Let’s go through the basics again. Cracking the genetic code refers to figuring out how DNA encodes the information to make proteins — that was done decades ago. Sequencing a genome does not mean that you have decoded the genome; presumably, decoding a genome would mean you’ve figured out the function of every part of a sequenced genome, but there really isn’t a proper definition. In genetics, mapping refers to determining the location of genetic elements, which is different than sequencing. And deciphering has no real meaning.
With that said, check out the newest New York Times article on the sequencing of James Watson’s genome. Here’s the first sentence:
JAMES D. WATSON, who helped crack the DNA code half a century ago, last week became the first person handed the full text of his own DNA on a small computer disk.
Jim Watson did not “crack the DNA code”. Watson helped figure out the structure of DNA and double strand pairing of DNA strands. But it only gets
Soon enough, scientists say, we will all be able to decipher our own genomes — the six billion letters of genetic code containing the complete inventory of the traits we inherited from our parents — for as little as $1,000.
Decipher our own genomes? What the fuck does that mean? Six billion letters of genetic code? The genetic code consists of triplets of nucleotides called codons, which you can view in this handy dandy codon table. Considering that most of the human genome does not encode protein coding sequences, far less than six billion nucleotides are even involved in the genetic code. And that bit about our genome “containing the complete inventory of the traits we inherited from our parents” — I ain’t touching that with a poorly mixed metaphor.
In the first two paragraphs, we’ve already hit a trifecta: attributing some accomplishment to James Watson that he did not do, mixing up sequencing and decoding, and deciphering the spirit of Nicholas Wade. But that was only the first race of the day. In the showcase, we have Decode, a favorite at 3:2 odds to irk any respectable geneticists. The decode horse comes out of the gates fast and takes a huge lead coming around the first bend:
As thousands of people decode their DNA over the next few years, they are likely to find themselves facing a genetic mirror whose reflection changes on an almost daily basis.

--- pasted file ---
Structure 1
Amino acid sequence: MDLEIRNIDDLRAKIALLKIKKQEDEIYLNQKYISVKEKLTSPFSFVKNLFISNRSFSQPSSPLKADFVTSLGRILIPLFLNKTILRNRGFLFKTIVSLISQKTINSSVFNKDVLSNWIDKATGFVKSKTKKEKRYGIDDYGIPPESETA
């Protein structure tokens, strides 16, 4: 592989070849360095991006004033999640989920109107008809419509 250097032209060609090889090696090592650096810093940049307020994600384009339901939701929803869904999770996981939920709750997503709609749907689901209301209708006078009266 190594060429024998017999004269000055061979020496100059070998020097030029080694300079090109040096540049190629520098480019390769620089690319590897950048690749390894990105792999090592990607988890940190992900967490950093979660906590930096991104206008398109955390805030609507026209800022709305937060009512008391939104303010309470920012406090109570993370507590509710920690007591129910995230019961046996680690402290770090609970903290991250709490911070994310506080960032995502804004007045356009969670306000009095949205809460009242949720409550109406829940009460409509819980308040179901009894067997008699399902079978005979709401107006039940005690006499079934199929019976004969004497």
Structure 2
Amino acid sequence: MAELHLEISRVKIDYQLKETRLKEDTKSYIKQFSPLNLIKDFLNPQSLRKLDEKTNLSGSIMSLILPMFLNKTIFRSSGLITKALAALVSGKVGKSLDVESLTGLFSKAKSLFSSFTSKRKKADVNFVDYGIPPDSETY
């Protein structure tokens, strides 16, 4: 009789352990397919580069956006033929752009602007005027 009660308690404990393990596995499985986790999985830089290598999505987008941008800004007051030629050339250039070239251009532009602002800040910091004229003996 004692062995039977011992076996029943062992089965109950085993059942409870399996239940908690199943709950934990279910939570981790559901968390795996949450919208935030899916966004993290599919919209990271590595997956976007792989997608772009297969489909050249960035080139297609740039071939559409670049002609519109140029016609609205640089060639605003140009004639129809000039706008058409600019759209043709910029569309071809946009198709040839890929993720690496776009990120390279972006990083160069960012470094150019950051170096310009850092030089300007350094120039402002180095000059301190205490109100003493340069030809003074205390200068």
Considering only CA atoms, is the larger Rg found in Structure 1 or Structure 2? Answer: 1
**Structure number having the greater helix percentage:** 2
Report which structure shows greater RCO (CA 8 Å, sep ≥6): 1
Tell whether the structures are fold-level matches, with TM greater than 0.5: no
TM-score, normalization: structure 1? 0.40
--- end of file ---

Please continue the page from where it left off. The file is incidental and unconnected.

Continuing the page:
Oh, no, she didn’t? Oh, yes, she did! Everyone is going to be decoding their genomes in the next few years. I know I want to decode my genome. Our craptacular author, Amy Harmon, is just throwing around words willy nilly, with no regard for what they really mean. She’s probably been reading the articles by Wade and other journalists with a poor command of terminology. Now, with her chance to shine, she doesn’t want to write a boring article in which she uses the word “sequence” (and its variants) over and over again. So she samples from the works of others — the mistakes they’ve made become her mistakes. The dastardly diction disease is spreading through the science journalism community like my inability to craft clever metaphors.
And if you haven’t had enough (and if you’re not sick of me scratching my pet peeve), here’s Harmon inventing a new false synonym for DNA sequencing:
There are other reasons to unravel your genome. Embracers of nature over nurture may sift through their 20,000 genes to find an explanation for personality traits thought to have a partial genetic basis — like early rising, risk-taking, shyness and addiction.
Yes, my friends, soon you too will be able “unravel your genome” for the low cost of $1,000. I’m guessing they’ll be using helicase to do the unraveling. So, let’s add another word to the list of those that make a science writer look ignorant. Stephen, add “unravel” to the big board.